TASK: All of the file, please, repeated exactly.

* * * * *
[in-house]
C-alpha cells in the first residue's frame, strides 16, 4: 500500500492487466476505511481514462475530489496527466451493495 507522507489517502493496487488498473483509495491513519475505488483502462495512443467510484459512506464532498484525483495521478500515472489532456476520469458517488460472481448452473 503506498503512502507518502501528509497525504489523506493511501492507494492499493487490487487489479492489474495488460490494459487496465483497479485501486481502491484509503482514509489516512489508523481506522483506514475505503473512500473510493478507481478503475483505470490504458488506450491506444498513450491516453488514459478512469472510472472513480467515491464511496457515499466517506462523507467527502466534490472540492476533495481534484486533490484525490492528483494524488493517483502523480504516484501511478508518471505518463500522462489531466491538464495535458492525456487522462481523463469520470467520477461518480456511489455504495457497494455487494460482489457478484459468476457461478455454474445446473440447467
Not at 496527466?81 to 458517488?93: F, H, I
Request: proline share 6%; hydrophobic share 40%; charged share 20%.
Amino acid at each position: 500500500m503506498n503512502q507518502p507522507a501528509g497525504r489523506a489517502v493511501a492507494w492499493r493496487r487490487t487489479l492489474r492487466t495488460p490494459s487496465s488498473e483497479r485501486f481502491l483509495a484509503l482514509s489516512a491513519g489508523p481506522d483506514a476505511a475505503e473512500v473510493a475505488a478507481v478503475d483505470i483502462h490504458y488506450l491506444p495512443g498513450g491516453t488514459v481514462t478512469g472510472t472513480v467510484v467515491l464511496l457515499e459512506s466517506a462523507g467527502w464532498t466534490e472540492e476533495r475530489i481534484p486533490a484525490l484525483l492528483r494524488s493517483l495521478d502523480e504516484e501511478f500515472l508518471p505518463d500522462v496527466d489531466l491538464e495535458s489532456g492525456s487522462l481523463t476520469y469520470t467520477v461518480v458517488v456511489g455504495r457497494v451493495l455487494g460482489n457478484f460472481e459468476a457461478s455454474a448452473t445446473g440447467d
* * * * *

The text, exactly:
[in-house]
C-alpha cells in the first residue's frame, strides 16, 4: 500500500492487466476505511481514462475530489496527466451493495 507522507489517502493496487488498473483509495491513519475505488483502462495512443467510484459512506464532498484525483495521478500515472489532456476520469458517488460472481448452473 503506498503512502507518502501528509497525504489523506493511501492507494492499493487490487487489479492489474495488460490494459487496465483497479485501486481502491484509503482514509489516512489508523481506522483506514475505503473512500473510493478507481478503475483505470490504458488506450491506444498513450491516453488514459478512469472510472472513480467515491464511496457515499466517506462523507467527502466534490472540492476533495481534484486533490484525490492528483494524488493517483502523480504516484501511478508518471505518463500522462489531466491538464495535458492525456487522462481523463469520470467520477461518480456511489455504495457497494455487494460482489457478484459468476457461478455454474445446473440447467
Not at 496527466?81 to 458517488?93: F, H, I
Request: proline share 6%; hydrophobic share 40%; charged share 20%.
Amino acid at each position: 500500500m503506498n503512502q507518502p507522507a501528509g497525504r489523506a489517502v493511501a492507494w492499493r493496487r487490487t487489479l492489474r492487466t495488460p490494459s487496465s488498473e483497479r485501486f481502491l483509495a484509503l482514509s489516512a491513519g489508523p481506522d483506514a476505511a475505503e473512500v473510493a475505488a478507481v478503475d483505470i483502462h490504458y488506450l491506444p495512443g498513450g491516453t488514459v481514462t478512469g472510472t472513480v467510484v467515491l464511496l457515499e459512506s466517506a462523507g467527502w464532498t466534490e472540492e476533495r475530489i481534484p486533490a484525490l484525483l492528483r494524488s493517483l495521478d502523480e504516484e501511478f500515472l508518471p505518463d500522462v496527466d489531466l491538464e495535458s489532456g492525456s487522462l481523463t476520469y469520470t467520477v461518480v458517488v456511489g455504495r457497494v451493495l455487494g460482489n457478484f460472481e459468476a457461478s455454474a448452473t445446473g440447467d